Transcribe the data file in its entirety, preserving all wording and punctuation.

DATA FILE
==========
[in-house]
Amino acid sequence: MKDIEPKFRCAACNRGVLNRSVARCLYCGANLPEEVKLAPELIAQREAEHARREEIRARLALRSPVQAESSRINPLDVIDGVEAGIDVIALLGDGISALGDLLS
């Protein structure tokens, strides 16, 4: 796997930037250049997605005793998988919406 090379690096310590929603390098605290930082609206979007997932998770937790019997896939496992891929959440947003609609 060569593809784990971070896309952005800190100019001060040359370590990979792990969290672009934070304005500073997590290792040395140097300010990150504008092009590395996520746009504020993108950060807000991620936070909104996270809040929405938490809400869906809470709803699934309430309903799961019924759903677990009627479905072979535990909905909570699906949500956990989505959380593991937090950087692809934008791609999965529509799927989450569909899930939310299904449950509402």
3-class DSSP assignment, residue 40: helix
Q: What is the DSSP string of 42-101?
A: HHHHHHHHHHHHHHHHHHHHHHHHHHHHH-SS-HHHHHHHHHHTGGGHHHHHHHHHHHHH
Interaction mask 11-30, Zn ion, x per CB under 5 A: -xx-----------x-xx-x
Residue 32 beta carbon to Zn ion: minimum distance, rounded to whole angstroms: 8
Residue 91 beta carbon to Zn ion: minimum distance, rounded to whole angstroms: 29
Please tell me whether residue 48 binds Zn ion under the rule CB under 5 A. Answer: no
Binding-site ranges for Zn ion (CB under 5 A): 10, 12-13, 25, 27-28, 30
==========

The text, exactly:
[in-house]
Amino acid sequence: MKDIEPKFRCAACNRGVLNRSVARCLYCGANLPEEVKLAPELIAQREAEHARREEIRARLALRSPVQAESSRINPLDVIDGVEAGIDVIALLGDGISALGDLLS
């Protein structure tokens, strides 16, 4: 796997930037250049997605005793998988919406 090379690096310590929603390098605290930082609206979007997932998770937790019997896939496992891929959440947003609609 060569593809784990971070896309952005800190100019001060040359370590990979792990969290672009934070304005500073997590290792040395140097300010990150504008092009590395996520746009504020993108950060807000991620936070909104996270809040929405938490809400869906809470709803699934309430309903799961019924759903677990009627479905072979535990909905909570699906949500956990989505959380593991937090950087692809934008791609999965529509799927989450569909899930939310299904449950509402």
3-class DSSP assignment, residue 40: helix
Q: What is the DSSP string of 42-101?
A: HHHHHHHHHHHHHHHHHHHHHHHHHHHHH-SS-HHHHHHHHHHTGGGHHHHHHHHHHHHH
Interaction mask 11-30, Zn ion, x per CB under 5 A: -xx-----------x-xx-x
Residue 32 beta carbon to Zn ion: minimum distance, rounded to whole angstroms: 8
Residue 91 beta carbon to Zn ion: minimum distance, rounded to whole angstroms: 29
Please tell me whether residue 48 binds Zn ion under the rule CB under 5 A. Answer: no
Binding-site ranges for Zn ion (CB under 5 A): 10, 12-13, 25, 27-28, 30